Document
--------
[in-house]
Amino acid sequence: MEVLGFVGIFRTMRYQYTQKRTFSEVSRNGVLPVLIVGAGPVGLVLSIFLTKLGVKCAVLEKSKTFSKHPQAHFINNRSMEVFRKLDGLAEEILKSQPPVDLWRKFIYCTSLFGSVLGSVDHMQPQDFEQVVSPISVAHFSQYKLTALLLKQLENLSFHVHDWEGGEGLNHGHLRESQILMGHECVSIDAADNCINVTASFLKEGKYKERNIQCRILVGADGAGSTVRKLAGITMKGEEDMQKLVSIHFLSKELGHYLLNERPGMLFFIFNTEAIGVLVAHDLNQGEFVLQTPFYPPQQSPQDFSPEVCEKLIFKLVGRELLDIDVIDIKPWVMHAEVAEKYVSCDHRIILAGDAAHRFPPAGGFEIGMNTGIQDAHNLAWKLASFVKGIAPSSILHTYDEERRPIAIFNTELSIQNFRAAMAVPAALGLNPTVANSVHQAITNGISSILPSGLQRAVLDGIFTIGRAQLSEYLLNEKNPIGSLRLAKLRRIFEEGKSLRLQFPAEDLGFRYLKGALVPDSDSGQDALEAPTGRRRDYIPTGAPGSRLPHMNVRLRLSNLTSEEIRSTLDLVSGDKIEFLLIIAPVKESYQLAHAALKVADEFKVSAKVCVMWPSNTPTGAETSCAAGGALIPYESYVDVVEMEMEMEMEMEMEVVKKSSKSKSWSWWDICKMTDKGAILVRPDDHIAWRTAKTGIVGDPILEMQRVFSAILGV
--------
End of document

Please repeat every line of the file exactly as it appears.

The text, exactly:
[in-house]
Amino acid sequence: MEVLGFVGIFRTMRYQYTQKRTFSEVSRNGVLPVLIVGAGPVGLVLSIFLTKLGVKCAVLEKSKTFSKHPQAHFINNRSMEVFRKLDGLAEEILKSQPPVDLWRKFIYCTSLFGSVLGSVDHMQPQDFEQVVSPISVAHFSQYKLTALLLKQLENLSFHVHDWEGGEGLNHGHLRESQILMGHECVSIDAADNCINVTASFLKEGKYKERNIQCRILVGADGAGSTVRKLAGITMKGEEDMQKLVSIHFLSKELGHYLLNERPGMLFFIFNTEAIGVLVAHDLNQGEFVLQTPFYPPQQSPQDFSPEVCEKLIFKLVGRELLDIDVIDIKPWVMHAEVAEKYVSCDHRIILAGDAAHRFPPAGGFEIGMNTGIQDAHNLAWKLASFVKGIAPSSILHTYDEERRPIAIFNTELSIQNFRAAMAVPAALGLNPTVANSVHQAITNGISSILPSGLQRAVLDGIFTIGRAQLSEYLLNEKNPIGSLRLAKLRRIFEEGKSLRLQFPAEDLGFRYLKGALVPDSDSGQDALEAPTGRRRDYIPTGAPGSRLPHMNVRLRLSNLTSEEIRSTLDLVSGDKIEFLLIIAPVKESYQLAHAALKVADEFKVSAKVCVMWPSNTPTGAETSCAAGGALIPYESYVDVVEMEMEMEMEMEMEVVKKSSKSKSWSWWDICKMTDKGAILVRPDDHIAWRTAKTGIVGDPILEMQRVFSAILGV